I’m bending, bludgeoning or breaking a rule, (damn). I told myself I wasn't going to do a blog post about the Hunger Games. Mostly because I feel relatively ambivalent about the series, but also because I just didn't want to. Well, not until I read the article.
Basically it’s a collection of tweets from some so called Hunger Games fans.
“kk call me racist but when I found out Rue was black her death wasn’t as sad” --jashperpars
I’ll let that sink in for a second. People were cheapening the death of a 12 year old fictional character, saying it meant less to them because of her ethnicity!
To me, when I read the book, I pictured Katniss as Native American, or perhaps of Middle Eastern Decent—just because that’s what Olive skin means to me. I pictured Rue and Thresh as African American. They were described as; “She has dark brown skin and eyes,” To me, that means Black. I never doubted that Rue or Thresh were supposed to be Black characters.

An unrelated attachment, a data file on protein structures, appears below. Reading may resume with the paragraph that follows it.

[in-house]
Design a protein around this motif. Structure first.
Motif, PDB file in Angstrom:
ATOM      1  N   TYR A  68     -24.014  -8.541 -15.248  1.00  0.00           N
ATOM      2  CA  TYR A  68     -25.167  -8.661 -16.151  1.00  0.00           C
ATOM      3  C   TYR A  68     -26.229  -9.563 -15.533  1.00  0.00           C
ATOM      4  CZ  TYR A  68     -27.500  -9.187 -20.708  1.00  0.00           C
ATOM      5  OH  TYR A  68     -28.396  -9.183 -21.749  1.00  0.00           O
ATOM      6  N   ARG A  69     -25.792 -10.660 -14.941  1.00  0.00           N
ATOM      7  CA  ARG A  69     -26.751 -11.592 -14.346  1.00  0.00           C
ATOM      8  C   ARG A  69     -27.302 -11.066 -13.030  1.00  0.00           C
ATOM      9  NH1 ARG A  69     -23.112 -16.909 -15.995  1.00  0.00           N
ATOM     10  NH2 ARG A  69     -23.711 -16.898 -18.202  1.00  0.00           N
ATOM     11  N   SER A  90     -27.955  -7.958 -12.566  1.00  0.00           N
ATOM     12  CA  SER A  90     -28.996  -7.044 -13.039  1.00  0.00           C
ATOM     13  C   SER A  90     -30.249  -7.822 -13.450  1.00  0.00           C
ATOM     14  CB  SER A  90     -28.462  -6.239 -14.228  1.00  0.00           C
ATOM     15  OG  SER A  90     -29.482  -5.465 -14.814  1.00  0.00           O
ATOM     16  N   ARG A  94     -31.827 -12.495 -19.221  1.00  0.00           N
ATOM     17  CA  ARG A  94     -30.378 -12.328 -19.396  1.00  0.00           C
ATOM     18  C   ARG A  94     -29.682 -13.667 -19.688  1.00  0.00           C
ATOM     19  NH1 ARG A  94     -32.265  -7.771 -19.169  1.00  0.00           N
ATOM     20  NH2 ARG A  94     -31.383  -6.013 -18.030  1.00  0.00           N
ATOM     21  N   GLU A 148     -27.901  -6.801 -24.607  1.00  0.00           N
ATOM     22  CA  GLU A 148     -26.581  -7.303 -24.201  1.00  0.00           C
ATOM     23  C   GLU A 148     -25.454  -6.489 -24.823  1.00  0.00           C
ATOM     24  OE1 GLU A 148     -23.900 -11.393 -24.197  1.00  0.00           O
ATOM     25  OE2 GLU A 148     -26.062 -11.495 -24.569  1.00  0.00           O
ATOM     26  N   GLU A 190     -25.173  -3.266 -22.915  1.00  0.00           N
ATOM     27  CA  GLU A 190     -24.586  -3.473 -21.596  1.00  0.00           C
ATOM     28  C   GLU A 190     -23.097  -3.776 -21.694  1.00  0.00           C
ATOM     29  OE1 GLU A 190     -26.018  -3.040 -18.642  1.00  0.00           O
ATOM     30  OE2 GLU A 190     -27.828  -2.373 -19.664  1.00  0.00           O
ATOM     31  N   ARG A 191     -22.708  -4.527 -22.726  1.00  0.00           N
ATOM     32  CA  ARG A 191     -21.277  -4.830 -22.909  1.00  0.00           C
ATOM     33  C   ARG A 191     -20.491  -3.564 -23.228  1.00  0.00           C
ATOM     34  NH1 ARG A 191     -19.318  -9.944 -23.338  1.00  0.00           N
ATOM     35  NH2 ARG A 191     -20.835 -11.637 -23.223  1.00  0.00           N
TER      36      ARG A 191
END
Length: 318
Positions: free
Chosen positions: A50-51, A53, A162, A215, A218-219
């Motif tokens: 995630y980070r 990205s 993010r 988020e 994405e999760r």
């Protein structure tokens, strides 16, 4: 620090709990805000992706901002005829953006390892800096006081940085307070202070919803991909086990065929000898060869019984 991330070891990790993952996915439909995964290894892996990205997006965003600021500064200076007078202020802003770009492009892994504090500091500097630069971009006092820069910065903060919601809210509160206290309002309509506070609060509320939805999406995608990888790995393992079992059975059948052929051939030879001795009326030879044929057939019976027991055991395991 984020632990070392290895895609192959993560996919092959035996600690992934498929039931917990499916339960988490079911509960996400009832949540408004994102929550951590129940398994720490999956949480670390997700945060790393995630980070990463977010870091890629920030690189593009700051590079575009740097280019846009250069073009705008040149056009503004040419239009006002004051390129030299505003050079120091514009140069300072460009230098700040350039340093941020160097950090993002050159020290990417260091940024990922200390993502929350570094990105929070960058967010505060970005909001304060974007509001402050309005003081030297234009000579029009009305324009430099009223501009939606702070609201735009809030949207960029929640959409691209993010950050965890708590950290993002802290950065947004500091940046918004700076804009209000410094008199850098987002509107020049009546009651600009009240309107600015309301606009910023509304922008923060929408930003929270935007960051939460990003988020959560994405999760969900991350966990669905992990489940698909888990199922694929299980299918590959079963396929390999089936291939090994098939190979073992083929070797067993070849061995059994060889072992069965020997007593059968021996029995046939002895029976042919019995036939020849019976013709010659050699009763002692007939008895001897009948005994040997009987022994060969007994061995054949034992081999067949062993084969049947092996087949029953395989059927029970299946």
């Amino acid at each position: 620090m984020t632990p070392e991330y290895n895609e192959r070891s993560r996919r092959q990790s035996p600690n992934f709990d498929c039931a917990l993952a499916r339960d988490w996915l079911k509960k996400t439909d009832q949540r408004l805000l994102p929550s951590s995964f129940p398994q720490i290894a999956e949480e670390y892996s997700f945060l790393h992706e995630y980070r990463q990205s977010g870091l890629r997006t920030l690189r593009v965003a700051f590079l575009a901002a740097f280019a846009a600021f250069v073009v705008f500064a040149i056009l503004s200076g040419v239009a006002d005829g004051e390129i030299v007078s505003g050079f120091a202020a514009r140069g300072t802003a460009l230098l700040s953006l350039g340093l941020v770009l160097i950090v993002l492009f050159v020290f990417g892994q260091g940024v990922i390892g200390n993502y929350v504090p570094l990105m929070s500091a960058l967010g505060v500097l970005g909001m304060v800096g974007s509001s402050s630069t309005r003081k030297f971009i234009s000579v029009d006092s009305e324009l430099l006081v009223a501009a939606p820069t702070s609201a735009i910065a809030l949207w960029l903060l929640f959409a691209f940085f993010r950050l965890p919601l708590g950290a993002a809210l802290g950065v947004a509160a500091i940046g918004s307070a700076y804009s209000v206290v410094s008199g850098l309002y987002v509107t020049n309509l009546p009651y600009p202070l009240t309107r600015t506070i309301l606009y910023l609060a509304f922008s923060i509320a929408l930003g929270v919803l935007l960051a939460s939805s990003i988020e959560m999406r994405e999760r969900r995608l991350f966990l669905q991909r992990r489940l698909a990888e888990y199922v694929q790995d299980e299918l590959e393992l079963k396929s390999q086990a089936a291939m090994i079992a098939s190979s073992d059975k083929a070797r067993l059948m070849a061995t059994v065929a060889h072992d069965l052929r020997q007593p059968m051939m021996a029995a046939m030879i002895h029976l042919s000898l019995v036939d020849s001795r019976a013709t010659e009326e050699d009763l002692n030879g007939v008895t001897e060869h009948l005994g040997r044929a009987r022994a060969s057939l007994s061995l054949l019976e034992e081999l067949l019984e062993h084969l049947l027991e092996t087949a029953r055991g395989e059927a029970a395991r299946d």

Yet apparently, other people don’t read descriptions.
The fact that Collins decided to include characters of other races is one of my favorite elements of the series. I have olive skin, I am a bit of a mutt ethnically, but I have both Native American, and Middle Eastern ancestors. I hardly ever read about characters that look like me.
And I understand why, most fantasy (at least what I read) is set in a Europe type world. And in the Middle Ages, very few non Europeans lived in Europe. Although I always feel like it adds something to a novel when you can include characters from different backgrounds, different places, different ethnicities.
I feel like if I was Black it would be worse though. Aside from Hunger Games, Kate Elliot’s Spirit Walker Trilogy (which I can’t honestly recommend) is one of the only books that I’ve read in recent memory that includes Black characters.
What do you think? Is it worth it to include Black, Brown, Blue, Green, Olive, Yellow, people?
Here’s the article—how are you guys doing with A-Z?
p.s. I really need to work on making my posts shorter.